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April 12, 2007

A totally useless trick in openSUSE Linux

by @ 11:57 pm. Filed under General Linux, General SUSE, SUSE Tips & Tricks

While I am sure that today could have been much worse, I’m not quite clear on how.

First, I found that my little jaunt to the Salt Flats completely destroyed my car’s engine, and I am now having to junk it and start from scratch. So that pretty much totally sucks.

Even worse than that, though, is that my wife called me at work, saying that she was at home and unable to locate our 2 1/2 year old daughter. I spent the next 15 minutes making the 25-minute drive to my house. My mind was racing and I was quite interested in getting home as soon as the laws of physics (not necessarily those pertaining to the speed limit) would allow. We were getting ready to call the Sheriff and get them to come help us find her. I thought of Elizabeth Smart and all the other crazy stuff that happens. That really, really sucked.

About a minute and a half away from my house, my wife called me back and said that they had found her, half-way across the neighborhood, playing with someone’s little bicycle.

Man, when I got home, all I could do was just pick her up and hug her for like 4 hours.

On days like this, I get really thankful for things like eyesight, having both legs, hearing, and a house (and one car, at least). Tell you what, things can always always be worse no matter how bad they get.

Alrighty then. On to Linux stuff.

One of the most annoying things about Linux is mime types for files. I can sit there in Gimp and make a graphic project and then save it out with the proprietary XCF extension that no other application on the entire system will ever use in the entire foreseeable future of the Universe. Yet, for some reason unknown to mankind, when I double-click on that .XCF file, the operating system asks me what to open it with. GIMP, stupid! And this happens with .m3u files in XMMS. .dia files open in what? Not DIA, but ARK. And then there’s the .kino files that open in what? Not KINO, but Kate, the text editor (yes, I know they’re text files). For some reason, I guess I just expect that, when I create the blasted file with a given application, that somewhere, something should know that I want to open that file again with that same application, should I just double-click on the file.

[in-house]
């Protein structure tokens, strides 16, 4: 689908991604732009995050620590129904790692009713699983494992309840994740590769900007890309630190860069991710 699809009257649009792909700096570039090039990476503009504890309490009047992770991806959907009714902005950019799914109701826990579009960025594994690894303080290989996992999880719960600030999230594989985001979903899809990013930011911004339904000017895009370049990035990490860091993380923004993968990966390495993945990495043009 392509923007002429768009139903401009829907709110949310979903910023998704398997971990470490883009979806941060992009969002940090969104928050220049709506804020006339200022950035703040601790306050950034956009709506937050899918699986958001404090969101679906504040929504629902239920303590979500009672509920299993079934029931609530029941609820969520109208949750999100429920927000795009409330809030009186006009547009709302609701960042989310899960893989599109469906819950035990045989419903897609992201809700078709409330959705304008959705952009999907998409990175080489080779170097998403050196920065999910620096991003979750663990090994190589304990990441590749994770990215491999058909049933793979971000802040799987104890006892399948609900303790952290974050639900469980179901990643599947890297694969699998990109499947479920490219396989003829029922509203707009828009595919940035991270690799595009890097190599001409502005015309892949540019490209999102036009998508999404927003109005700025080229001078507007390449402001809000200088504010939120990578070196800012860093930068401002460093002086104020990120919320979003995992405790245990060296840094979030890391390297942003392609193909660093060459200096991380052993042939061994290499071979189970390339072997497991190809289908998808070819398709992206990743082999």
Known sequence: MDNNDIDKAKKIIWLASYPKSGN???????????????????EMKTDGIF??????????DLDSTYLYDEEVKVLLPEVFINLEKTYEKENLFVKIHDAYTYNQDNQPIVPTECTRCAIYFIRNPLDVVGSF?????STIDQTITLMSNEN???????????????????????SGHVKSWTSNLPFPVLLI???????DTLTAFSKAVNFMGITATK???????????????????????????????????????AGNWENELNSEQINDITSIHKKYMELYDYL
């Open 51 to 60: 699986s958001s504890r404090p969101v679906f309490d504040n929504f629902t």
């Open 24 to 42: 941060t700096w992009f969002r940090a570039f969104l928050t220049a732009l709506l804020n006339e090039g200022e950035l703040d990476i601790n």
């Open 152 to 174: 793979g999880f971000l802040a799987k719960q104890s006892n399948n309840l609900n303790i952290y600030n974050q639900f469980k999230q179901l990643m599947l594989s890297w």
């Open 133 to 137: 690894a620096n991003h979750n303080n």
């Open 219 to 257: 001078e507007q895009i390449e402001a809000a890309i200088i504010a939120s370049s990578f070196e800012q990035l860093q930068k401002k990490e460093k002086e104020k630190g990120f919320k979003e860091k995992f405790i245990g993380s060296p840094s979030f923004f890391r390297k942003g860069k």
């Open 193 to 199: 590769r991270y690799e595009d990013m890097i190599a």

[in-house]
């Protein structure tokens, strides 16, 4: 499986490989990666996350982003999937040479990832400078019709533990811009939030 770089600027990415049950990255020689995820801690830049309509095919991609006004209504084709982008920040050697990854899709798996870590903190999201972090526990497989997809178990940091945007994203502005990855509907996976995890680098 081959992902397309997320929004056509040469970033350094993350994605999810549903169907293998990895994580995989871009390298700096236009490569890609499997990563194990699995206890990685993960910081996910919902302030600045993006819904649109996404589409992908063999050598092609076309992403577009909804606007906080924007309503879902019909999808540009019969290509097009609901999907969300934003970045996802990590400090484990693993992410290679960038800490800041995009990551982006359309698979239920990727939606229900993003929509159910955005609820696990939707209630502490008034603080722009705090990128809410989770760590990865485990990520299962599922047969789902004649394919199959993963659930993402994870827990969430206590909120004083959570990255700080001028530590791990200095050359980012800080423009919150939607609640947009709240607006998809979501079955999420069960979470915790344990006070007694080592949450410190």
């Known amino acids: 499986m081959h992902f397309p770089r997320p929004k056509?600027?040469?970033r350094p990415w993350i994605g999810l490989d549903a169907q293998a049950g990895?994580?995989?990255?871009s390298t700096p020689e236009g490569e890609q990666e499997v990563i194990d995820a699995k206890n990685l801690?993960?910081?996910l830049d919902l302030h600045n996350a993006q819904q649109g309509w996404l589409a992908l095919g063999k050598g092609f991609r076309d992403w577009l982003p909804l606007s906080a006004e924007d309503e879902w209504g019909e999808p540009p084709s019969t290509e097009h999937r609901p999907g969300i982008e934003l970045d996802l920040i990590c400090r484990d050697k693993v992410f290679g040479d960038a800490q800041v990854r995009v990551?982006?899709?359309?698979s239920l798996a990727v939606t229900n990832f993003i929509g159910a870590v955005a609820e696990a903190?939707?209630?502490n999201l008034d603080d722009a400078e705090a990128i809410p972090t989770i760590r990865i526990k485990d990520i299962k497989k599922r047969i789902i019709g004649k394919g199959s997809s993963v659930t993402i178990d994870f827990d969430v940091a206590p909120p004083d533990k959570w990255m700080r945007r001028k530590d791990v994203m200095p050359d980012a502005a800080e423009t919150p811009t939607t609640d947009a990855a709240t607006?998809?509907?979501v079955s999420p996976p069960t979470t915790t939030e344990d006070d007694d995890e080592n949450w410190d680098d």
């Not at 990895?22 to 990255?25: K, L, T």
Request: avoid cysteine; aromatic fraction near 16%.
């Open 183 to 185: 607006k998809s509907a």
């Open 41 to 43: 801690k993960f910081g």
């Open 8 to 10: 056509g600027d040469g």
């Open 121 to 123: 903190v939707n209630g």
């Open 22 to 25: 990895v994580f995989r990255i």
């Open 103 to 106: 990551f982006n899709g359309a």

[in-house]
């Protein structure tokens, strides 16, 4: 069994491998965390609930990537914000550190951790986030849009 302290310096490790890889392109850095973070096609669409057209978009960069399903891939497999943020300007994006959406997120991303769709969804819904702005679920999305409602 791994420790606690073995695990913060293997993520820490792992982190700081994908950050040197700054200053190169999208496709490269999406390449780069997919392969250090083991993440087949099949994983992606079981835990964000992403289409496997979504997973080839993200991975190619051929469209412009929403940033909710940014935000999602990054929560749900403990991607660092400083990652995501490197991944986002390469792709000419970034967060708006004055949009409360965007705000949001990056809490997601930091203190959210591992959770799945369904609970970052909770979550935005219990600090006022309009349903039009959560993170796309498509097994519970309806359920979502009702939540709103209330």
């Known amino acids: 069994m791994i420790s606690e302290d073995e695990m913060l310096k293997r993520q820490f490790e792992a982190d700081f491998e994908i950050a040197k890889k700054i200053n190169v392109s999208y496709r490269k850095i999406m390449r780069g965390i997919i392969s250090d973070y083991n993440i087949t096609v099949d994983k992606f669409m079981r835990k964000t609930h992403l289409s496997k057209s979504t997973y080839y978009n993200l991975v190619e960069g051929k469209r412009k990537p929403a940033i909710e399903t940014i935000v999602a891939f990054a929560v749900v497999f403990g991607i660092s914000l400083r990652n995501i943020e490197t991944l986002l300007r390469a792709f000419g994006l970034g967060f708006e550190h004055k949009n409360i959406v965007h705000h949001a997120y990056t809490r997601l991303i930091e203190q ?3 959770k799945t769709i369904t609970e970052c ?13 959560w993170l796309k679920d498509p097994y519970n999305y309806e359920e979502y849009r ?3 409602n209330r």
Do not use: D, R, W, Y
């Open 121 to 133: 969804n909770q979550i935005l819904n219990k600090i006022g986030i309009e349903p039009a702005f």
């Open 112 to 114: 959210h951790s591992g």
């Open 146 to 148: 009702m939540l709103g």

So I was playing around with my file-types, opening .jpgs in klipper, .mp3s in my RSS feed reader, and .odt files with Solitaire, when a silly thought dawned upon me. In KDE, when you right-click a file, and then select Open With, a little fly-out menu appears. You will see a couple of options in this menu. If none of them are the right one, you can click on Other. Another dialog box opens, laughing at you, daring you to attempt to locate the intended application yourself, challenging you to a battle of wits. At that point, you need to know the precise location of the program to open it with.

Except that you don’t. You only need to know the actual name of the binary.

For example, if I have a .kino file that I would like to open with KINO and not Kate, I can put some magical fairy dust into that box, making it find the app itself. All you have to do is put in the following:

`which kino`

Now, those are not quotes, they are backticks. The backtick is the key immediately to the left of your ‘1’ (number one) key at the top of your keyboard.